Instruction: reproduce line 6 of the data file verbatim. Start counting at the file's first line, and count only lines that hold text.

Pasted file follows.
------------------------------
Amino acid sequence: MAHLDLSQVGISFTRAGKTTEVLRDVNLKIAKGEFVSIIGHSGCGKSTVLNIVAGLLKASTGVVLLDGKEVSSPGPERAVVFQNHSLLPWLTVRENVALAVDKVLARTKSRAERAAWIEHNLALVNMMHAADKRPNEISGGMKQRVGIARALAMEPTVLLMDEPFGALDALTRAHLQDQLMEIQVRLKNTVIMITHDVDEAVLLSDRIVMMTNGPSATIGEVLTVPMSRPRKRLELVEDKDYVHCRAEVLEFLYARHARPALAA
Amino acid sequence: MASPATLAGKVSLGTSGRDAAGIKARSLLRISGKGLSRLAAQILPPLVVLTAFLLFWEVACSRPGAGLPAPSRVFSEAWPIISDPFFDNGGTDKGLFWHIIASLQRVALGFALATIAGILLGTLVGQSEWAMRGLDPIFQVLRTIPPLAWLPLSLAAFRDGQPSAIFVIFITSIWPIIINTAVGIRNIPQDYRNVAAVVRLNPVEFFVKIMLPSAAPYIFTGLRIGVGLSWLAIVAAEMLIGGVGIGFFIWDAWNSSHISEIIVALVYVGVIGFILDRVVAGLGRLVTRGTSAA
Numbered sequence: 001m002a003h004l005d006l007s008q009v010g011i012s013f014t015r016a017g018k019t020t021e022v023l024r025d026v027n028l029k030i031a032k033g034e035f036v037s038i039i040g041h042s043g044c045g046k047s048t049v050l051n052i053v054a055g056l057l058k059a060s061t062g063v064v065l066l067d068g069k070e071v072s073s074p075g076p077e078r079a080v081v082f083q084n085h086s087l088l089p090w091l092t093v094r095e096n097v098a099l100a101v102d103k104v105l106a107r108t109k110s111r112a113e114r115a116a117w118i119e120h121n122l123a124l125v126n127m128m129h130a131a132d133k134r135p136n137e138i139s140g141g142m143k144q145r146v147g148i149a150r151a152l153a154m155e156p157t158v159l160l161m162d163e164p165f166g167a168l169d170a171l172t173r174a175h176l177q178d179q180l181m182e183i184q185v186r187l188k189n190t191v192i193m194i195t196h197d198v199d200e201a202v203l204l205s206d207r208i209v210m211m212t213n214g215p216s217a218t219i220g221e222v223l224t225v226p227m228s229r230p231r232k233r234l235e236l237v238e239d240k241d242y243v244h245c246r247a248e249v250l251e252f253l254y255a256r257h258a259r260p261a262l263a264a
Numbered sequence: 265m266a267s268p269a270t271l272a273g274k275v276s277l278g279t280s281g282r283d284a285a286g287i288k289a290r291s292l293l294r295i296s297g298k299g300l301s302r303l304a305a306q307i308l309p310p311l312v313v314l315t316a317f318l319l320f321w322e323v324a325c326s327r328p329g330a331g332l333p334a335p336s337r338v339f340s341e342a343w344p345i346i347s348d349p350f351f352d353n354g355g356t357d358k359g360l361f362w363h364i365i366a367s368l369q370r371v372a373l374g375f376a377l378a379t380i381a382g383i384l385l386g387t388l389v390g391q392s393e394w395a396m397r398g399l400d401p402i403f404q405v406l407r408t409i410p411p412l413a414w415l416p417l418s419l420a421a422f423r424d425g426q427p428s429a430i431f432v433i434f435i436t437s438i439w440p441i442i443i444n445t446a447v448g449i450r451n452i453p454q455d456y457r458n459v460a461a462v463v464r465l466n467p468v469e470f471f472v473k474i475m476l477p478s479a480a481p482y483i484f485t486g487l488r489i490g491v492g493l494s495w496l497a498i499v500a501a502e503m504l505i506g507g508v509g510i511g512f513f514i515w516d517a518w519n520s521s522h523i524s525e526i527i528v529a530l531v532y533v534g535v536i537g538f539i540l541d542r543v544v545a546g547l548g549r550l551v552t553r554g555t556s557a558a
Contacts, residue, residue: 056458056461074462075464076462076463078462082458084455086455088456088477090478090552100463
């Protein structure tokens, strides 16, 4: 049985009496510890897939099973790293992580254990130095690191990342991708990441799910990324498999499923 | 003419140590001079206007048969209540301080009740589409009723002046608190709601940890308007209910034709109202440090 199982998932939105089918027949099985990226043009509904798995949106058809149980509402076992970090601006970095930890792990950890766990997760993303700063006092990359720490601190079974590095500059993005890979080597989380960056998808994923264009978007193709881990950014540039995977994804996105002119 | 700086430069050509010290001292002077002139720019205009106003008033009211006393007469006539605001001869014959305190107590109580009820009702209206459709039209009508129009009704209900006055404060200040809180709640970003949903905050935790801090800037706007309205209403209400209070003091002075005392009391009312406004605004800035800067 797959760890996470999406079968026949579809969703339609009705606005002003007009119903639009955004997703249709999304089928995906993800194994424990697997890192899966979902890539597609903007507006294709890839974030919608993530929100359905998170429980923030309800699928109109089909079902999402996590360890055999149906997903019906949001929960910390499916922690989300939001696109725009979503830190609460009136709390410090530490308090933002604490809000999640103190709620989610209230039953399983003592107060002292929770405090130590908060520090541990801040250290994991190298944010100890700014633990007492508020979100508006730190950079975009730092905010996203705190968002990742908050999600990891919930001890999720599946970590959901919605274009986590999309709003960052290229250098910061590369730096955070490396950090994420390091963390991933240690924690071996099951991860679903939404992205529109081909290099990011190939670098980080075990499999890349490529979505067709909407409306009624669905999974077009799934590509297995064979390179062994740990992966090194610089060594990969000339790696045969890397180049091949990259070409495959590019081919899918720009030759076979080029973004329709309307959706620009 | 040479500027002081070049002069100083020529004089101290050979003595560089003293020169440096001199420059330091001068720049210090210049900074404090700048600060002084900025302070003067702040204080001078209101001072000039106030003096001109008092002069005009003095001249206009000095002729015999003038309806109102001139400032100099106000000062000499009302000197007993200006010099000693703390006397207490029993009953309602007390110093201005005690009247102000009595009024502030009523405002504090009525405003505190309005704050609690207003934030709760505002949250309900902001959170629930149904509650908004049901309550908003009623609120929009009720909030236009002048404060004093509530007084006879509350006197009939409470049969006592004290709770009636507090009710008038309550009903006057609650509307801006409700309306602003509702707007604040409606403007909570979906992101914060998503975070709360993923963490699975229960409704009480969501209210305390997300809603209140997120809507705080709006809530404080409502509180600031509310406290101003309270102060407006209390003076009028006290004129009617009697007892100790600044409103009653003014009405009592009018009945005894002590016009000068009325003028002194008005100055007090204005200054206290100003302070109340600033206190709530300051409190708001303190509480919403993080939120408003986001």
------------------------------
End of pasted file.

């Protein structure tokens, strides 16, 4: 049985009496510890897939099973790293992580254990130095690191990342991708990441799910990324498999499923 | 003419140590001079206007048969209540301080009740589409009723002046608190709601940890308007209910034709109202440090 199982998932939105089918027949099985990226043009509904798995949106058809149980509402076992970090601006970095930890792990950890766990997760993303700063006092990359720490601190079974590095500059993005890979080597989380960056998808994923264009978007193709881990950014540039995977994804996105002119 | 700086430069050509010290001292002077002139720019205009106003008033009211006393007469006539605001001869014959305190107590109580009820009702209206459709039209009508129009009704209900006055404060200040809180709640970003949903905050935790801090800037706007309205209403209400209070003091002075005392009391009312406004605004800035800067 797959760890996470999406079968026949579809969703339609009705606005002003007009119903639009955004997703249709999304089928995906993800194994424990697997890192899966979902890539597609903007507006294709890839974030919608993530929100359905998170429980923030309800699928109109089909079902999402996590360890055999149906997903019906949001929960910390499916922690989300939001696109725009979503830190609460009136709390410090530490308090933002604490809000999640103190709620989610209230039953399983003592107060002292929770405090130590908060520090541990801040250290994991190298944010100890700014633990007492508020979100508006730190950079975009730092905010996203705190968002990742908050999600990891919930001890999720599946970590959901919605274009986590999309709003960052290229250098910061590369730096955070490396950090994420390091963390991933240690924690071996099951991860679903939404992205529109081909290099990011190939670098980080075990499999890349490529979505067709909407409306009624669905999974077009799934590509297995064979390179062994740990992966090194610089060594990969000339790696045969890397180049091949990259070409495959590019081919899918720009030759076979080029973004329709309307959706620009 | 040479500027002081070049002069100083020529004089101290050979003595560089003293020169440096001199420059330091001068720049210090210049900074404090700048600060002084900025302070003067702040204080001078209101001072000039106030003096001109008092002069005009003095001249206009000095002729015999003038309806109102001139400032100099106000000062000499009302000197007993200006010099000693703390006397207490029993009953309602007390110093201005005690009247102000009595009024502030009523405002504090009525405003505190309005704050609690207003934030709760505002949250309900902001959170629930149904509650908004049901309550908003009623609120929009009720909030236009002048404060004093509530007084006879509350006197009939409470049969006592004290709770009636507090009710008038309550009903006057609650509307801006409700309306602003509702707007604040409606403007909570979906992101914060998503975070709360993923963490699975229960409704009480969501209210305390997300809603209140997120809507705080709006809530404080409502509180600031509310406290101003309270102060407006209390003076009028006290004129009617009697007892100790600044409103009653003014009405009592009018009945005894002590016009000068009325003028002194008005100055007090204005200054206290100003302070109340600033206190709530300051409190708001303190509480919403993080939120408003986001």